When a foreign word is used for the first time in text, it is generally italicized (or put in quotation quotes as an alternative). Is it ever correct to use both italics and quotation marks when the word is both foreign and also identified as a specific word: e.g. Grilled Spam and rice wrapped in nori, or seaweed, is called “omusubi.” Should omusubi be both italicized as a foreign word and in quotes because it is being identified as a specific word?

  • If you need to differentiate from say << used with a type of chili known as 'Scotch bonnet' >> elsewhere in the text, you can indicate specifying (introducing jargon / subject-specific term) and foreign word separately, with both devices. Otherwise, it's overkill. And be aware that some words once (recently!) considered foreign are now in the English lexicon. Commented Oct 12, 2019 at 16:19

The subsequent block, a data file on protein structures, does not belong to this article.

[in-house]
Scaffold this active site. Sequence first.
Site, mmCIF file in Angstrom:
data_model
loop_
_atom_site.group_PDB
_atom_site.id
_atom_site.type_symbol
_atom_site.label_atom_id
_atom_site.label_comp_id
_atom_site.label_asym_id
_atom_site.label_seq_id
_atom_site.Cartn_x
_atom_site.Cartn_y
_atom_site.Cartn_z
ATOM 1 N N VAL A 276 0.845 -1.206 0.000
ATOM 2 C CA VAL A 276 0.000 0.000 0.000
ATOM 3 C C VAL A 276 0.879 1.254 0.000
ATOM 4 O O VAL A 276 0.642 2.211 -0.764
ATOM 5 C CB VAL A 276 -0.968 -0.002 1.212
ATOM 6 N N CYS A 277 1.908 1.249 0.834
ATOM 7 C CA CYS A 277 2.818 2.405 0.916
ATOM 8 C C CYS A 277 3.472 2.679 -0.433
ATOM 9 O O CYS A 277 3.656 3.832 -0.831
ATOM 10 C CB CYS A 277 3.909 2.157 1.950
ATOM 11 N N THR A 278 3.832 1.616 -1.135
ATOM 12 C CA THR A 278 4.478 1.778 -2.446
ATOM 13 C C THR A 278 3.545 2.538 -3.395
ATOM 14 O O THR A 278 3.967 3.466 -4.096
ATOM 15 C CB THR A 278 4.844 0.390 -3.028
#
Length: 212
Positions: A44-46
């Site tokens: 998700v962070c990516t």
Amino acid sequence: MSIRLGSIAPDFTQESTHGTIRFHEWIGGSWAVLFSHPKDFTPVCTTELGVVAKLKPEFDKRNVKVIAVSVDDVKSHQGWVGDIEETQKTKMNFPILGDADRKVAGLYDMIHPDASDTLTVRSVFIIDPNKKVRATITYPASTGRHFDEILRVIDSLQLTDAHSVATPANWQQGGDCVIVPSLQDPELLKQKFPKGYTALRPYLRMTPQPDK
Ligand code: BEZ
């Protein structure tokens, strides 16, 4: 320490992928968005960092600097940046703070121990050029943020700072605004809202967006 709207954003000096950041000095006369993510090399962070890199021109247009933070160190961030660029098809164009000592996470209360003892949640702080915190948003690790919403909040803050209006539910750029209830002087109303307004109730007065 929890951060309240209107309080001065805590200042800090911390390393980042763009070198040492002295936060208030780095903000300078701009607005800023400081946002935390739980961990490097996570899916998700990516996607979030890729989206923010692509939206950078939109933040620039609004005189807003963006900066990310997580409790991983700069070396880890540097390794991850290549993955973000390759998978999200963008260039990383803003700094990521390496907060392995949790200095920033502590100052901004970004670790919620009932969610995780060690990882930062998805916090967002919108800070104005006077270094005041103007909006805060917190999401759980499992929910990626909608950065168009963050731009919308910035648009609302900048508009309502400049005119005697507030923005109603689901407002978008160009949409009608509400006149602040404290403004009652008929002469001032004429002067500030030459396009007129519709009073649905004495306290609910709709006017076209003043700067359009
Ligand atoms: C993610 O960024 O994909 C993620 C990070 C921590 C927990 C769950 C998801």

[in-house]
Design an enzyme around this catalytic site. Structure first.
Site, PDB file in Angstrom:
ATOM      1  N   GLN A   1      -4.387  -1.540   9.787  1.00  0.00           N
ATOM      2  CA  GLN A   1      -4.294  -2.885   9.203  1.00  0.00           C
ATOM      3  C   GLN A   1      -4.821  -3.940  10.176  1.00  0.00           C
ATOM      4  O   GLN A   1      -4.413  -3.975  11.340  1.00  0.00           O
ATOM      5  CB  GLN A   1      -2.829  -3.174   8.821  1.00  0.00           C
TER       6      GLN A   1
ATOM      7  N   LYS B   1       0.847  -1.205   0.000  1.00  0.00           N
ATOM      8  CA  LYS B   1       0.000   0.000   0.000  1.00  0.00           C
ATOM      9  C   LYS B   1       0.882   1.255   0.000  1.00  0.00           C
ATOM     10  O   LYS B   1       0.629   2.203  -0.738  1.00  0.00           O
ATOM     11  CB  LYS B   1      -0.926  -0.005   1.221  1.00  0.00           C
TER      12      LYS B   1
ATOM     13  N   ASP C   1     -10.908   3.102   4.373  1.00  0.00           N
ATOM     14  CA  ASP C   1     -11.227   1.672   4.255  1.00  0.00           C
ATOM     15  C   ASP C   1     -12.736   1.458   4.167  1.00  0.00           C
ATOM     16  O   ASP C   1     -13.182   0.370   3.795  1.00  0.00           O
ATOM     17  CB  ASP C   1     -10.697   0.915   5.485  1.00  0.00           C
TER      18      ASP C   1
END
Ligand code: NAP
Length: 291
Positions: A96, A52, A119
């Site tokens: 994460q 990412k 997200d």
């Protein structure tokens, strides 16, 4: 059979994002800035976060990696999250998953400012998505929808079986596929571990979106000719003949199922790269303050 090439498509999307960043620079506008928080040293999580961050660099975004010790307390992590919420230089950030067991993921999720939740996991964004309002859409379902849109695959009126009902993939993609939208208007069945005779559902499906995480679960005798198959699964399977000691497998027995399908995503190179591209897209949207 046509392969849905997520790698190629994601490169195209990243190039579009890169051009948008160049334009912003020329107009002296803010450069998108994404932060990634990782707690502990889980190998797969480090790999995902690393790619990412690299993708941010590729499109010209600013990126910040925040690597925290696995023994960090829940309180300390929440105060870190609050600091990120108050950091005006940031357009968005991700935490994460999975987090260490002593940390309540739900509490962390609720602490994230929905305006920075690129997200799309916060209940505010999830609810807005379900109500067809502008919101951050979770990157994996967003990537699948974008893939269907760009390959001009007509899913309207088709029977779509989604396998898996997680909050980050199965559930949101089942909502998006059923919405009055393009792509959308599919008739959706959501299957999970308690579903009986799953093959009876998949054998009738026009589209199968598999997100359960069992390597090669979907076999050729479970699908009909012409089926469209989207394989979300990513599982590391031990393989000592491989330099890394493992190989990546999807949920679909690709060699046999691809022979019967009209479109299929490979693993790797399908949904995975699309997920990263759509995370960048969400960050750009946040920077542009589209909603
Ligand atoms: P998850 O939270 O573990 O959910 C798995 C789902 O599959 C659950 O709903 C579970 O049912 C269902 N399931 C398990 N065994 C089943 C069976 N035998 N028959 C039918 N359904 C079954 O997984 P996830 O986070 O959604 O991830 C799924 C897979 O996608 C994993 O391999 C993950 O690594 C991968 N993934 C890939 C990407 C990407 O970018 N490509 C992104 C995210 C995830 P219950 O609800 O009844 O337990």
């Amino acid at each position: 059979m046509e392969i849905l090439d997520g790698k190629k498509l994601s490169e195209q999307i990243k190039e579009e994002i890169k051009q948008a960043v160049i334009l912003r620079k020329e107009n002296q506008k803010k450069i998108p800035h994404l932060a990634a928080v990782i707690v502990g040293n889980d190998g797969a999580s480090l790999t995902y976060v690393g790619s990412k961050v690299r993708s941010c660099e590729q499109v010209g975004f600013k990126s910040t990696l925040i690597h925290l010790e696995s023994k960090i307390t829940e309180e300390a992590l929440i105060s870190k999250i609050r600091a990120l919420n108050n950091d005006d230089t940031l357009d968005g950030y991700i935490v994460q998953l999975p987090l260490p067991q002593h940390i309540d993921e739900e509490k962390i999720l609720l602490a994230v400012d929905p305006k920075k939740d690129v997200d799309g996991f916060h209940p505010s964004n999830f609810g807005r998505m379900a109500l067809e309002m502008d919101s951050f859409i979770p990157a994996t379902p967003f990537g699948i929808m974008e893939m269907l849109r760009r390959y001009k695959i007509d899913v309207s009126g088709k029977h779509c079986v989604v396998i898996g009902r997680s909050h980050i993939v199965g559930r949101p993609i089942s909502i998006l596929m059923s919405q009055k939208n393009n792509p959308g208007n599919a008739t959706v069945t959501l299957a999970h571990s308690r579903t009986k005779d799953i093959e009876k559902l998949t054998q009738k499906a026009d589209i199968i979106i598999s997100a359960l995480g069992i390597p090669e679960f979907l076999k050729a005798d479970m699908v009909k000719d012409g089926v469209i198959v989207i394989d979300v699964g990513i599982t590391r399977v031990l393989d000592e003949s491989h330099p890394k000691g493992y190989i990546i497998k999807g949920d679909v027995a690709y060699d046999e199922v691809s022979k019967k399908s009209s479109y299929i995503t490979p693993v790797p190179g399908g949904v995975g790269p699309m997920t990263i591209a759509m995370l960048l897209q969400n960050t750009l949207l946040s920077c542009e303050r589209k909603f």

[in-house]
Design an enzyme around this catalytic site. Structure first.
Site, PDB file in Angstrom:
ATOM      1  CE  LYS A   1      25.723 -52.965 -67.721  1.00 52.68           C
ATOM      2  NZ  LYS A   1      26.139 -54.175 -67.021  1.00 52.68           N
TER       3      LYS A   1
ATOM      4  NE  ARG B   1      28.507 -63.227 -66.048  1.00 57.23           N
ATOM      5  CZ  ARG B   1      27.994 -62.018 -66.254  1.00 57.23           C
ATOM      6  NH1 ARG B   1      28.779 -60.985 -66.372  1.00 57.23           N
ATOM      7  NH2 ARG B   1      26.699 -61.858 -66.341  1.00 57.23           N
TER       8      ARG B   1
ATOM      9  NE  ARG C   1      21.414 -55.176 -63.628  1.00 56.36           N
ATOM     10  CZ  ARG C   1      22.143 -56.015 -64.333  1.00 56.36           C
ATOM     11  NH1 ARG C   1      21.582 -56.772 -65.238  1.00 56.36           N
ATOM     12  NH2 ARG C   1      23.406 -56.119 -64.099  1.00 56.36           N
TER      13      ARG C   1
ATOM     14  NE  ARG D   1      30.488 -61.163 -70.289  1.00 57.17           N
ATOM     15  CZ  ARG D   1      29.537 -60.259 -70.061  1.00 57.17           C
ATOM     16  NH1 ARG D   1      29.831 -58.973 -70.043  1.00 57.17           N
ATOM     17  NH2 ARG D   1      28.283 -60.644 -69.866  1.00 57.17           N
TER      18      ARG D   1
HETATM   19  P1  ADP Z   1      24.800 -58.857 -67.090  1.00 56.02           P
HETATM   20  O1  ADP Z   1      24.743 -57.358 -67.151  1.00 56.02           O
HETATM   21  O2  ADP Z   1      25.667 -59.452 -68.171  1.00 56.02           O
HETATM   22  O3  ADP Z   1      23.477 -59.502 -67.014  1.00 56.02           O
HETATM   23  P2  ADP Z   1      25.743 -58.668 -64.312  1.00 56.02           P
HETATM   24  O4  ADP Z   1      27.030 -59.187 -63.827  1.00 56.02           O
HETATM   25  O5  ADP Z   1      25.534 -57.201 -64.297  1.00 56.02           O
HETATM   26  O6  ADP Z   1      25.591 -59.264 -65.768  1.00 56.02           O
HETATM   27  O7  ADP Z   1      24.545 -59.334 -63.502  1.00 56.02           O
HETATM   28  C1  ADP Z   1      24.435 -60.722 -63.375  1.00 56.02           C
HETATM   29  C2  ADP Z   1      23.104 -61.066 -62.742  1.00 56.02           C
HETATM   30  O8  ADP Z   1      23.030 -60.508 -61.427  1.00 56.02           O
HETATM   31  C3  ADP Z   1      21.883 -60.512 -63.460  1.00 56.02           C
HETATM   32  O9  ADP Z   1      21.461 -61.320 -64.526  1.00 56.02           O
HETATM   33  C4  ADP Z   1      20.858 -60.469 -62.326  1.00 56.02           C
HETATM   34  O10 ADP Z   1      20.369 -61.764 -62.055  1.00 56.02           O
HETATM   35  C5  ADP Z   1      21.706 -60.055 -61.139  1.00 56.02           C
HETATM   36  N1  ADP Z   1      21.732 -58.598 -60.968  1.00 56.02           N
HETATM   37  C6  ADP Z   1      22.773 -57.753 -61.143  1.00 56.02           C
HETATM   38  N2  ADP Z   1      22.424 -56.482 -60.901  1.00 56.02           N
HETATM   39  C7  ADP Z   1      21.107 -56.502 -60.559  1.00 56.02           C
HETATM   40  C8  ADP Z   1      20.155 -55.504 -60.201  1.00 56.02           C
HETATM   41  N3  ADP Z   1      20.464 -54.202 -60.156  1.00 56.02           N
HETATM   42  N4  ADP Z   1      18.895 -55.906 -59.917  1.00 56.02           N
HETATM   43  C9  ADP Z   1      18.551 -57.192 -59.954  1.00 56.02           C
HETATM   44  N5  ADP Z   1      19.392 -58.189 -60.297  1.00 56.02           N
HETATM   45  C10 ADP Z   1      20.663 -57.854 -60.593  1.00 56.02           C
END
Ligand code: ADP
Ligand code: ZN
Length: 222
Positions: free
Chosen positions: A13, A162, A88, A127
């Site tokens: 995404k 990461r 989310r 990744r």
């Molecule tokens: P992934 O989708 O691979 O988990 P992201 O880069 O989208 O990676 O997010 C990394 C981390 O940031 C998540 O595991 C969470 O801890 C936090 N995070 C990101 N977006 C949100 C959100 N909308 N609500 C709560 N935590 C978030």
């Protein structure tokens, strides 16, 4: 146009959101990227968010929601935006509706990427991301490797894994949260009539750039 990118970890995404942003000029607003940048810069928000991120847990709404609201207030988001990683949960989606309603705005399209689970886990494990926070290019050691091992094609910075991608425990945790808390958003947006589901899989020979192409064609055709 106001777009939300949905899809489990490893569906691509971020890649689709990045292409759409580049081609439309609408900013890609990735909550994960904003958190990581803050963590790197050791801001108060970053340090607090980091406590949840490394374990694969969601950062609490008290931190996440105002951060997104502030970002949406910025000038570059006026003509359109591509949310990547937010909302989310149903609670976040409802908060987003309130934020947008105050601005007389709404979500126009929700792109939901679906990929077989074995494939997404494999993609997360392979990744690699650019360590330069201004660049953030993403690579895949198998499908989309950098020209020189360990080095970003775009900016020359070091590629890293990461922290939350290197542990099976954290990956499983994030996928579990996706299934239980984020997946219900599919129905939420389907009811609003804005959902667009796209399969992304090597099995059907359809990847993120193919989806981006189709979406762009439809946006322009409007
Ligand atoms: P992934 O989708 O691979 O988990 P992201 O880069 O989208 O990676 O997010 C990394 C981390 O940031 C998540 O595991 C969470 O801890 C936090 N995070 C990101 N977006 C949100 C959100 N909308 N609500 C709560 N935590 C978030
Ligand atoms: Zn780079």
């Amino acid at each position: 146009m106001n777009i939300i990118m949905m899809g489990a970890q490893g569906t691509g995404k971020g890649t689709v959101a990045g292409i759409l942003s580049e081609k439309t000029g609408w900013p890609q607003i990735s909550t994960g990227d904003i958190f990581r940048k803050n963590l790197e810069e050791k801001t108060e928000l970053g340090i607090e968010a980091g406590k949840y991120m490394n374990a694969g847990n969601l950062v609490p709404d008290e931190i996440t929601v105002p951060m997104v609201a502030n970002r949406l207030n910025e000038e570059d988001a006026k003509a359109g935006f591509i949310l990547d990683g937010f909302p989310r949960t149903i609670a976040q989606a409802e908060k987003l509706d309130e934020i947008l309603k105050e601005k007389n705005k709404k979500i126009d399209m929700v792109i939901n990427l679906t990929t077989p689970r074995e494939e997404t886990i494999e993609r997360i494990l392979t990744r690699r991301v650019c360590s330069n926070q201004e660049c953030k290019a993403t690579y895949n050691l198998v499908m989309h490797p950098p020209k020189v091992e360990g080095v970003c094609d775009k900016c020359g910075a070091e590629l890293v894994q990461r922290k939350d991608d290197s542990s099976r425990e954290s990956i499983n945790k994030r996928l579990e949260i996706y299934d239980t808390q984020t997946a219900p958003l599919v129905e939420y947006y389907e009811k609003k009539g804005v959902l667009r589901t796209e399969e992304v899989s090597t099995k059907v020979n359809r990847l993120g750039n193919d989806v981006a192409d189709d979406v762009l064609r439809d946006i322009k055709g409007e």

• Related.
    – tchrist
    Commented Oct 31, 2022 at 1:15

1 Answer 1


Italics or "quotation marks" are normally used to add emphasis to a particular word(s), or to indicate an unusual or uncommon use of the words. A 'foreign' word would, by definition, fall in to this category. You can use both but its a bit like SHOUTING!

Probably best to use either / or. Both only in moderation...

  • Quotation marks are not used for the purpose of emphasising.
    – jsw29
    Commented Sep 28, 2020 at 15:08

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